The hardest route to get a ride was probably from Antalya to Kalkan. It was late and no one wanted to pick us up! In the end, two guys who worked in a restaurant picked us up and sent us to our friend's doorstep! Traveling in Turkey by hitch-hiking rocks! I never hitch-hike before but my friend has been hitch-hiking since he was 9!


In winter it can be cold.

During the summer temperatures tend to rise above 35 °C, especially in the South, so it is recommended to secure yourself with sufficient supplies of water, and to plan travelling in a way that most of the actual hitchhiking would be earlier in the morning or in very late afternoon, to avoid a burning sun.

In winter, though, it can be quite cold in Turkey.


Mikeeg555 hitching in Turkey

When you hitchhike in this country, people might try putting you on a dolmuş (mınıbus) or bringing you to the otogar (bus station). The dolmuş is the most common way of public transport inside and between cities & towns. These small buses that are advised to be used for small distances will stop anywhere on the road even if you don't signal them to stop. Generally, the ride on a dolmuş costs between 1 and 3 Lira.

For larger distances buses (coaches) are more common. They provide reliable service and are pretty comfortable. Free tea and snacks are generally served along the way, and the buses tend to stop in nice rest areas. Some drivers who pick you up as a hitchhiker may try to convince you to take a bus. If you do end up on a bus they are relatively cheap although not as cheap as trains which are slower but more adventurous.

Of the transportation options which involve payment, trains are by far the cheapest in the country, especially if you are under 27, when you are entitled to a 20% discount on already cheap fares. However, as the network doesn't reach far and wide, most of what is interesting in Turkey is out of rail coverage, though they are still a good bet if you need a night's sleep during the ride, especially in inland regions where rail network is relatively denser.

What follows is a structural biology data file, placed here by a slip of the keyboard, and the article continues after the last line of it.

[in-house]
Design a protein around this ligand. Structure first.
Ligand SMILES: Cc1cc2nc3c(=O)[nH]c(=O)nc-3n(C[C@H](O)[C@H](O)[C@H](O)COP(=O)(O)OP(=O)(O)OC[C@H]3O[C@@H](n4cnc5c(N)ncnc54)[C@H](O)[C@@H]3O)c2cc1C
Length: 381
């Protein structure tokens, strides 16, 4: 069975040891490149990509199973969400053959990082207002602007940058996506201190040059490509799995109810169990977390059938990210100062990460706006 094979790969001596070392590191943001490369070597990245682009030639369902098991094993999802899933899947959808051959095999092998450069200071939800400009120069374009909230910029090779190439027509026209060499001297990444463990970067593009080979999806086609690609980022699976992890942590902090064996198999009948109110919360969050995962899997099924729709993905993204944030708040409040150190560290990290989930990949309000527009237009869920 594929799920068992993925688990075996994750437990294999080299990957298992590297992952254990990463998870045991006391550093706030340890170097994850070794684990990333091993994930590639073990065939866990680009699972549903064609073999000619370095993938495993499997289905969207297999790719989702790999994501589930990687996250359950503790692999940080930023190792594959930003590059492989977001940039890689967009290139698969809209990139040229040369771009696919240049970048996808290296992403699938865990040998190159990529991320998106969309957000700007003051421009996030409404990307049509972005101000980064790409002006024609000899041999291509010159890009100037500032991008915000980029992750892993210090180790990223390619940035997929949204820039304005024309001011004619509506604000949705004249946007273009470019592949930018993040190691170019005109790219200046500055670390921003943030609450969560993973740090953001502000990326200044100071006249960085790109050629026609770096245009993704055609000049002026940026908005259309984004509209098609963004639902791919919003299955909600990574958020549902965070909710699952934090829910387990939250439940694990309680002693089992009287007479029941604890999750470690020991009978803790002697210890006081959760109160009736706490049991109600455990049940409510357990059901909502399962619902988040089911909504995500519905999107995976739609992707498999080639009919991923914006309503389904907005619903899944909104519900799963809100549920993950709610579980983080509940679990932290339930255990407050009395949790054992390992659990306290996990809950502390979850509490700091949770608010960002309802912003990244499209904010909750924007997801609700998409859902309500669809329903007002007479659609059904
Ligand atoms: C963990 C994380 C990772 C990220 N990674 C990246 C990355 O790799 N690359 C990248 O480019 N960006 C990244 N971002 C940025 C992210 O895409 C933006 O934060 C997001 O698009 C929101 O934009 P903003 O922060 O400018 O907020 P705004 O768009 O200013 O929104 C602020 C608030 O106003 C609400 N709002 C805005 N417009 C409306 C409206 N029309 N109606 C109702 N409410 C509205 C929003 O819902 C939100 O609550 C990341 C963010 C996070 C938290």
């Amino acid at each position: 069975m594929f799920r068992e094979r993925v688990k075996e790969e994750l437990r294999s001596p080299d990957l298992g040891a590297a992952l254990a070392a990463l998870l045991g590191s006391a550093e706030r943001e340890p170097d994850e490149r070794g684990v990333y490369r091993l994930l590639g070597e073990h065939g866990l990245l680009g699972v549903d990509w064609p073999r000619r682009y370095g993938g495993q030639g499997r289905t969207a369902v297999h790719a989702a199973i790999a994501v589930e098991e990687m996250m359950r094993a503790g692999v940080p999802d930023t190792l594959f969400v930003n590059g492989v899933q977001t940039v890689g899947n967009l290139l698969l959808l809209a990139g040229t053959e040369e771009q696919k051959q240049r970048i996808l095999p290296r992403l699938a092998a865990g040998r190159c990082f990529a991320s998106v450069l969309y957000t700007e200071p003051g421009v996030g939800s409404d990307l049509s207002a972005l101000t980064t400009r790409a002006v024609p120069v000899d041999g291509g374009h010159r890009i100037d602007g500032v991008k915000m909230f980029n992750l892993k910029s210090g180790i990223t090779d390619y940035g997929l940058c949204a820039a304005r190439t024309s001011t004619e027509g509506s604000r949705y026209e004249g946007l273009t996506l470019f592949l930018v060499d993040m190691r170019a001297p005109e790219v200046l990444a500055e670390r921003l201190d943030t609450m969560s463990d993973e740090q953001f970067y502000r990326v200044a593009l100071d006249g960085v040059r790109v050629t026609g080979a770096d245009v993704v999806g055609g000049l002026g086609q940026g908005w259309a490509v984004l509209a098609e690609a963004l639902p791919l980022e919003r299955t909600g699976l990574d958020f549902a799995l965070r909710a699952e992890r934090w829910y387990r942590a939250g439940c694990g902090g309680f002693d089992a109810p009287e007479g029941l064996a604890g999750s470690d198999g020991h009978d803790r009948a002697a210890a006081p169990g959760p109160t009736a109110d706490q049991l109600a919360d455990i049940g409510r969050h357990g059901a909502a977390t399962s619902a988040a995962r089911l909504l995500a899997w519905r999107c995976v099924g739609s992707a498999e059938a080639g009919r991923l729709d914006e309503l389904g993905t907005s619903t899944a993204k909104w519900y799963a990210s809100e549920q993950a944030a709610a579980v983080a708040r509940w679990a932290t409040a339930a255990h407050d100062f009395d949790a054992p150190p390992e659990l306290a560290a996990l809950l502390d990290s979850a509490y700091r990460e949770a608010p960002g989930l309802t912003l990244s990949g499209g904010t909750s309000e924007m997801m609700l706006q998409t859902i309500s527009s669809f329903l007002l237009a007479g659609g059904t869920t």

Hitchhiking buses

While waiting beside the road, town-to-town minibus drivers (which can be recognized by banners proclaiming town names all over) and intercity buses will flash their headlights or honk at you — to ask whether you'd like a ride (for a fee, of course). Don't be afraid to stop them and say "Param yok (which literally translates "I don't have money"), it's ok?". A couple of hitchhikers did this when a bus stopped beside them to drop a passanger, and then they kept doing this everytime, and about 30% of the buses gave them a ride. Inside the cities, it's even easier; ask them politely and they will take you a bit further ahead.


You will never have to worry about lack of food in Turkey. Many truck drivers have coffee makers in their truck. Turkish people are very generous, and it is seldom that you get a ride without a driver offering you food. The food in Turkey is relatively cheap, and is very meat-based. There is also a variety of a good local produce of tasty sweets and snacks. The tea (black tea or apple tea in Istanbul) is the national drink, and almost all the people that you meet offer you a tea − this is probably the most common way of showing you their hospitable culture.

A great way to reduce your bottled water costs, especially in the hot southern/Mediterranean coast of Turkey is to use free cold water dispensers, locally called sebil (pronounced say-beel), which can usually be found on the sides of the streets and mosque courtyards in less-touristed towns and neighbourhoods in Mediterranean Turkey. They look like small, white refrigators and usually have two faucets: red one delivers warm (or mildly hot depending on the weather) water, while the blue one offers comfortably cold water. Though the water coming out of the faucets is not from a commercially-bottled jar, and likely from the city water network, it's harmless and causes no stomach upsets. A way to reduce the risk may be allowing yourself a week after arrival in the region to get accustomed to local microflora and -fauna that may be present in the water and then taking full advantage of sebils.